The Caffe Cino is widely recognized as the birthplace of Off-Off-Broadway theater and was located on the ground floor of this building from 1958 to 1968.

It is also highly significant as a pioneer in the development of gay theater, at a time when it was still illegal to depict homosexuality on stage.

Through the efforts of the NYC LGBT Historic Sites Project, this site was listed on the New York State Register of Historic Places and the National Register of Historic Places in 2017. The Project’s advocacy also led to the site’s designation as a New York City Landmark by the NYC Landmarks Preservation Commission in 2019.

Header Photo
Credit: Amanda Davis/NYC LGBT Historic Sites Project, 2022.


In 1958, Joe Cino (1931-1967) rented a ground-story commercial space here, originally intending to operate a coffeehouse with art displayed on the walls. He then allowed patrons to stage poetry readings and short avant-garde theatrical performances, including gay-themed works. With the summer 1960 production of the anti-war themed Flyspray, the Cino became New York’s first significant venue to feature the original works of unknown playwrights, which were often experimental, controversial, or campy, and produced at very small budgets. A year later, in 1961, four plays (including two gay-themed plays) by Doric Wilson helped establish the Cino as a venue not only for new work but also for new work with gay subject matter. It is now regarded as the birthplace of Off-Off-Broadway theater.

Cino’s partner Jon Torrey worked as the electrician and, early on, as the lighting designer. By July 1961, Johnny Dodd took over as the lighting designer and became known for his innovative work here.

The staging of Lanford Wilson‘s The Madness of Lady Bright in 1964 was the Cino’s breakthrough hit as well as another early original play to deal with gay subject matter. At the time, it broke Off-Off-Broadway records with a run of 250 performances. By 1965, the Cino had become well known for its gay-themed plays. For the first time in New York City, and perhaps in the country, LGBT people — on a year-round basis and in one centrally located space — regularly saw depictions of themselves in a more multi-dimensional and realistic light, contrasting the negative stereotypes that had permeated mainstream theater and film for most of the 20th century (it was, in fact, still illegal in the early and mid-1960s to depict homosexuality on the Broadway stage).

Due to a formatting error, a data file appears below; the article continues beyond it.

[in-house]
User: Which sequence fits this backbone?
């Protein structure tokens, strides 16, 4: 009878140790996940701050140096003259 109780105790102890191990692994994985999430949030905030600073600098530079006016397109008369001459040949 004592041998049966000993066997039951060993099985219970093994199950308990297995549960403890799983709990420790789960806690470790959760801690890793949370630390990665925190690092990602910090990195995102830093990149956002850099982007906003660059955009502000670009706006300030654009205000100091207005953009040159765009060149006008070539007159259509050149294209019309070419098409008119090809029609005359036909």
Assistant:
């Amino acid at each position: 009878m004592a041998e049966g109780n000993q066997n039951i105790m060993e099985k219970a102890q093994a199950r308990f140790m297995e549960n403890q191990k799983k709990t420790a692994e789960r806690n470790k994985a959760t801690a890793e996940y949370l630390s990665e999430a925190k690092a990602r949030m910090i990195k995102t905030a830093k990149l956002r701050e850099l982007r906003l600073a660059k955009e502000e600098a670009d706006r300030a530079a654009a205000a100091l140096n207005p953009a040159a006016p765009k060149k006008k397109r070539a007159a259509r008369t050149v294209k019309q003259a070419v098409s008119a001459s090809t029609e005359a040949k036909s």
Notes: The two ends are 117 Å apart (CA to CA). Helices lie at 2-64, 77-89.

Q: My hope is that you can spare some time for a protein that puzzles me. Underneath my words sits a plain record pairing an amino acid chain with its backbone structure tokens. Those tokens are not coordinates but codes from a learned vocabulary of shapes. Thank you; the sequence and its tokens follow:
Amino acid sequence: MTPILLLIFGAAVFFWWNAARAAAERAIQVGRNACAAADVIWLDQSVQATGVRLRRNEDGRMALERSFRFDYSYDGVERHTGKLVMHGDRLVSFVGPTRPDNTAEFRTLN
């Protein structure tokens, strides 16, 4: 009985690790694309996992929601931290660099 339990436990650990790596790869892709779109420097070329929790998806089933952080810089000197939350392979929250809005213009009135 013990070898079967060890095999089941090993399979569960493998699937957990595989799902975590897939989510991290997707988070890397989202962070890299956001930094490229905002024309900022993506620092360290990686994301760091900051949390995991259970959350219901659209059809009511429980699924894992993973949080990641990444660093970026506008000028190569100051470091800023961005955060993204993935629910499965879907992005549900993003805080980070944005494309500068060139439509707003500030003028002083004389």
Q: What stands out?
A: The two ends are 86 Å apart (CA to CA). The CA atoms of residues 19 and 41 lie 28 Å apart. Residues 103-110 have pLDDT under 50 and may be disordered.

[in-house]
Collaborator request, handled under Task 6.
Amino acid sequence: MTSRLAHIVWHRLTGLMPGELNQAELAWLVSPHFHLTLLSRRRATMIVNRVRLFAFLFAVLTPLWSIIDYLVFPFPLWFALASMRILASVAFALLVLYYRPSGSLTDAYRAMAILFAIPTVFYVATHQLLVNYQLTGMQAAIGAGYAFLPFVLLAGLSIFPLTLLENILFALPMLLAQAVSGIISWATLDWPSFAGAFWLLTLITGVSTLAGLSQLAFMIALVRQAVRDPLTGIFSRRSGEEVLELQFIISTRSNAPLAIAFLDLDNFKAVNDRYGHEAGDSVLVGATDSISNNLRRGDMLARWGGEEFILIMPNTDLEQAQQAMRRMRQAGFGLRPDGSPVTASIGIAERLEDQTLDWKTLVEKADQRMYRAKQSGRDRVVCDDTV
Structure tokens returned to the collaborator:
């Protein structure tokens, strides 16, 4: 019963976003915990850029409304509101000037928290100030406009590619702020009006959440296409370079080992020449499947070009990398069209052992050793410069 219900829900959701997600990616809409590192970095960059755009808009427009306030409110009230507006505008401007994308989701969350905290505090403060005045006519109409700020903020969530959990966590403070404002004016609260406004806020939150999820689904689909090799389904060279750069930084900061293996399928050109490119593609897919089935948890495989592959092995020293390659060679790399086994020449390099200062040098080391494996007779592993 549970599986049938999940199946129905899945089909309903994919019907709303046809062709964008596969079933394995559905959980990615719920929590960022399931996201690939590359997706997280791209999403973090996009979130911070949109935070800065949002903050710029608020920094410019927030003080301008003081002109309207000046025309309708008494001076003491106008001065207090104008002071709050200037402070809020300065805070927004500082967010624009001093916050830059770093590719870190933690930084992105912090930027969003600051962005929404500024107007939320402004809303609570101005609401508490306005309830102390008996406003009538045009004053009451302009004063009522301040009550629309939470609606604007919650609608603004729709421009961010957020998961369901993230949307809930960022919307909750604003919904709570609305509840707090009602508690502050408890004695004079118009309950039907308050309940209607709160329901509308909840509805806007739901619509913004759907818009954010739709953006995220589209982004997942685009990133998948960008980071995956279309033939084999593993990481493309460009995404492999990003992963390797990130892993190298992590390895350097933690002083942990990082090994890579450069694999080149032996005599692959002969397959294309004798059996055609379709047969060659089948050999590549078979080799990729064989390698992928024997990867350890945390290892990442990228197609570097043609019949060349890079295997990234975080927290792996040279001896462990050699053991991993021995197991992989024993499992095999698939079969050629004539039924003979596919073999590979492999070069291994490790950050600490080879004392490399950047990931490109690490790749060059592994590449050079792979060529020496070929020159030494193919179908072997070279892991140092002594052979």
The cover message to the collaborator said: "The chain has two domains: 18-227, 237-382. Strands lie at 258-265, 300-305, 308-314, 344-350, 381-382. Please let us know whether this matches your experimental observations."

I never would have been a playwright without the Caffe Cino. I never certainly would have written about gay subjects that freely. That was the kind of empowerment that the place gave us. We were no longer victims.

William M. Hoffman, playwright, c. 2009

The Caffe Cino provided an important platform for newly emerging gay playwrights, directors, and actors. Several of these figures would go on to win Pulitzer Prizes, Tony Awards, and various other prestigious theater awards and recognitions, and some founded influential theater companies. A selection of gay theater artists and their work at the Cino includes:

  • Tom Eyen, playwright of Why Hannah’s Skirt Won’t Stay Down (1964)
  • Neil Flanagan, actor and director who starred in the title role of The Madness of Lady Bright (1964), for which he won a 1967 Obie Award
  • Paul Foster, playwright and director who wrote Balls (1964) and Hurrah for the Bridge (1965)
  • Robert Heide, playwright of The Bed (1965), which ran for about 150 performances at the Cino and was turned into Andy Warhol‘s first experimental split-screen film of the same name, and Moon (1967)
  • William M. Hoffman, playwright whose first work, Thank You, Miss Victoria (1965), was staged at the Cino
  • H.M. Koutoukas, playwright, director, and actor who wrote Medea or Maybe the Stars May Understand or Veiled Strangers (1965) and With Creatures Make My Way (1965)
  • Marshall W. Mason, director who, with playwright Lanford Wilson, formed what would become the longest collaboration between a director and playwright in American theater history